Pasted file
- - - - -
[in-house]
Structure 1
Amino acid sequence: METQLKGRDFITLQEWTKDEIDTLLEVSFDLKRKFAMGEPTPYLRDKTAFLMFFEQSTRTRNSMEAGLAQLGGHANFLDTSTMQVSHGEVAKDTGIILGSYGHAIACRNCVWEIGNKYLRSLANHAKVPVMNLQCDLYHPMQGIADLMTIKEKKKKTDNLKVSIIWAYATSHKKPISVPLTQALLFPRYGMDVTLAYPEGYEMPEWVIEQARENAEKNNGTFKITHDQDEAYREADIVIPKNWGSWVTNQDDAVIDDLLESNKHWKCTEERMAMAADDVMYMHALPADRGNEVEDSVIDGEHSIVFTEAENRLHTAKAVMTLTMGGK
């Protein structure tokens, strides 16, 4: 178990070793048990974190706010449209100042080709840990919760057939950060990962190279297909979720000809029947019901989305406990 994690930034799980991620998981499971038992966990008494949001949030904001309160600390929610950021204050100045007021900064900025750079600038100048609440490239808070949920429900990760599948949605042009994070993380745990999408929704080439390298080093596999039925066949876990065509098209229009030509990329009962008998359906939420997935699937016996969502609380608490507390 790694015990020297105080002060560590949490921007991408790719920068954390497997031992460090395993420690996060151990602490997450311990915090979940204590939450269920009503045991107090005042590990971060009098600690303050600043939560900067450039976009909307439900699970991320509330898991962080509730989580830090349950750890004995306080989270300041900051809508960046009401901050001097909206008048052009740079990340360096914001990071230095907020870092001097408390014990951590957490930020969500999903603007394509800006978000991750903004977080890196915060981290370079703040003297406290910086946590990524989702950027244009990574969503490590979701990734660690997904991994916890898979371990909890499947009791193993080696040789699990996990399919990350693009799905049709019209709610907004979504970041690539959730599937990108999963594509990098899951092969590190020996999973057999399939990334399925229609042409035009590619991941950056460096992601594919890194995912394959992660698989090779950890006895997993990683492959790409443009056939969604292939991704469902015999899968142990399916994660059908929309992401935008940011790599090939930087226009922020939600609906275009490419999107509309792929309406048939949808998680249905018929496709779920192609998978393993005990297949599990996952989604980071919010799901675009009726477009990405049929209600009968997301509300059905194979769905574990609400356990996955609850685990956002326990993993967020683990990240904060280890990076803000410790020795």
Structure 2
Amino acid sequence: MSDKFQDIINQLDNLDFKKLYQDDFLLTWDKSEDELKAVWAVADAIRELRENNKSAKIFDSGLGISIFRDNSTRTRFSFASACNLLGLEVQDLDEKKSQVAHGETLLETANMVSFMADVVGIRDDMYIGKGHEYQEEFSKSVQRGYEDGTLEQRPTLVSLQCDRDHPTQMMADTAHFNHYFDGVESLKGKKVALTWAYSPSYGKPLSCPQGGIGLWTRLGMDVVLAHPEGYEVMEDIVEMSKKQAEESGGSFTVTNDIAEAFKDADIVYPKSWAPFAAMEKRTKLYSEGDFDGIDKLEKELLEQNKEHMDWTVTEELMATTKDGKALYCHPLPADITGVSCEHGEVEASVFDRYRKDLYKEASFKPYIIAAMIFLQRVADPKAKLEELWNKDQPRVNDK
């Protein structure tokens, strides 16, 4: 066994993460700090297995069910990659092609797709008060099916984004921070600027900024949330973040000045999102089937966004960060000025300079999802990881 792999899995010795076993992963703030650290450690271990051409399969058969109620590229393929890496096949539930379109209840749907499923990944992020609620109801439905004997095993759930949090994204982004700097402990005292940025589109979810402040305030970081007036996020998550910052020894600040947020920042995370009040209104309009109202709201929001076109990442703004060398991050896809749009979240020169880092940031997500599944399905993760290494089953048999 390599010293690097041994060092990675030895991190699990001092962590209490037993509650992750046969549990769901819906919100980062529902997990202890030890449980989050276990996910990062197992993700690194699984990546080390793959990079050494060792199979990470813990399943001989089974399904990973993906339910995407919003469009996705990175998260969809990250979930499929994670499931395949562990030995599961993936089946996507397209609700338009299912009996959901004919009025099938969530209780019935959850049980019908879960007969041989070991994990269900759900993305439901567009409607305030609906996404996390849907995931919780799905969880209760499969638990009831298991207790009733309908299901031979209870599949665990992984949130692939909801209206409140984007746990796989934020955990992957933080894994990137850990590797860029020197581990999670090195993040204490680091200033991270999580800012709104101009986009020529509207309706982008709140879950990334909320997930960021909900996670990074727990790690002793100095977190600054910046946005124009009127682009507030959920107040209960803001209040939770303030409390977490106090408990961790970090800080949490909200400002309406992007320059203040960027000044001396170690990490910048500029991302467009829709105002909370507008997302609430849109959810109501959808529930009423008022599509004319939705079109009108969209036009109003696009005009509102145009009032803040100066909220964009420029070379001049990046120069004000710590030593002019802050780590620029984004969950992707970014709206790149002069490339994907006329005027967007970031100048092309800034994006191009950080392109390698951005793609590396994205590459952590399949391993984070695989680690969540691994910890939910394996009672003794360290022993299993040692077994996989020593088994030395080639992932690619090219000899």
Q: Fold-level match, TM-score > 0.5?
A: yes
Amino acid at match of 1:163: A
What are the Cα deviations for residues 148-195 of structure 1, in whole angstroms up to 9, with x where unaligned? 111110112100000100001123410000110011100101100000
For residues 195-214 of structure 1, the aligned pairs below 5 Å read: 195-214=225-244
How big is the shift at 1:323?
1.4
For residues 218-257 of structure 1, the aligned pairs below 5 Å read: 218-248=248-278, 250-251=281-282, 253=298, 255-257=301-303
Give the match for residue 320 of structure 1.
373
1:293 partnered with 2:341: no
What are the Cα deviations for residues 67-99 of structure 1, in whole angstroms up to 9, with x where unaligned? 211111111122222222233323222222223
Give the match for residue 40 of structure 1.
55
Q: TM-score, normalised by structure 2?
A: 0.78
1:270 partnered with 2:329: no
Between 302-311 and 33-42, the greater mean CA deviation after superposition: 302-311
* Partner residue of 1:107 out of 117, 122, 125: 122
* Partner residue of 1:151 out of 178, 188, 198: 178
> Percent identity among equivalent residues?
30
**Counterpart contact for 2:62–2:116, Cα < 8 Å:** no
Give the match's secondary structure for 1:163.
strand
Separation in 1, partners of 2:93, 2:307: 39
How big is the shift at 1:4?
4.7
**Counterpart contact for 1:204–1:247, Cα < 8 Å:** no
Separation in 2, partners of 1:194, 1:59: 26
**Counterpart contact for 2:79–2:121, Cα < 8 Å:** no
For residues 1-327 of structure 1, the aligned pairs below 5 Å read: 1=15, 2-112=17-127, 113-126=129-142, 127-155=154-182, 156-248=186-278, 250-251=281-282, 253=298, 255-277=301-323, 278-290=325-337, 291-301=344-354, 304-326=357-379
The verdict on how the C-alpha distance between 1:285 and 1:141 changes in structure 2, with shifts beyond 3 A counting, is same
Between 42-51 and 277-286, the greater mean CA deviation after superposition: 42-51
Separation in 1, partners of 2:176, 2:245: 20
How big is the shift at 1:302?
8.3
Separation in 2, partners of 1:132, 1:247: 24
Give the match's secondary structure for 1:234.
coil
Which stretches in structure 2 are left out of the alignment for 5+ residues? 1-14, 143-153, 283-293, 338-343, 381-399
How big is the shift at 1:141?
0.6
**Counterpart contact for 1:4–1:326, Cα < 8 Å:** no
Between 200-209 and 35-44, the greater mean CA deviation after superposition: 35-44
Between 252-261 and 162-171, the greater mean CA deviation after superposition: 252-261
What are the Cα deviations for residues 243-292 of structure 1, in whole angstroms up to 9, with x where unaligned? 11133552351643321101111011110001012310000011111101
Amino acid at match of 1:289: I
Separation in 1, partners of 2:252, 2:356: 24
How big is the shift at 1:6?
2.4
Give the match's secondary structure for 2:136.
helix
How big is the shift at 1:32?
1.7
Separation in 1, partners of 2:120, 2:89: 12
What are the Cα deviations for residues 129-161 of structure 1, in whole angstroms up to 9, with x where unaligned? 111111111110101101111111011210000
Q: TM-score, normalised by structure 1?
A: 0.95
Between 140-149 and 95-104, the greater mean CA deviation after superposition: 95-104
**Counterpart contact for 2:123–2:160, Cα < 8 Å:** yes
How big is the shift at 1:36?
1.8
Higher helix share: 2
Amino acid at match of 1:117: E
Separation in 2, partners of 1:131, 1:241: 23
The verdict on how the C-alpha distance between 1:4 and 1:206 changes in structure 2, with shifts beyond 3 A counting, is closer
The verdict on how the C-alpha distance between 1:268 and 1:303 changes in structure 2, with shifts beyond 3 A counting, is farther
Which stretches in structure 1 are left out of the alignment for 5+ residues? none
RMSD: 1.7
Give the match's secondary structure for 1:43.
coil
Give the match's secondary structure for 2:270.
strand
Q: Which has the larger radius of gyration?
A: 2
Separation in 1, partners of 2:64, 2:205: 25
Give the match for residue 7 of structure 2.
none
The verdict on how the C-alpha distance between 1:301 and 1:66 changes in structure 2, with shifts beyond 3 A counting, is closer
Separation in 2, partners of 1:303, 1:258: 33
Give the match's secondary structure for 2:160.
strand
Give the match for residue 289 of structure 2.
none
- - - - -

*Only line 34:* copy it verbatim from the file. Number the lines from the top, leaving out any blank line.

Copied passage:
How big is the shift at 1:4?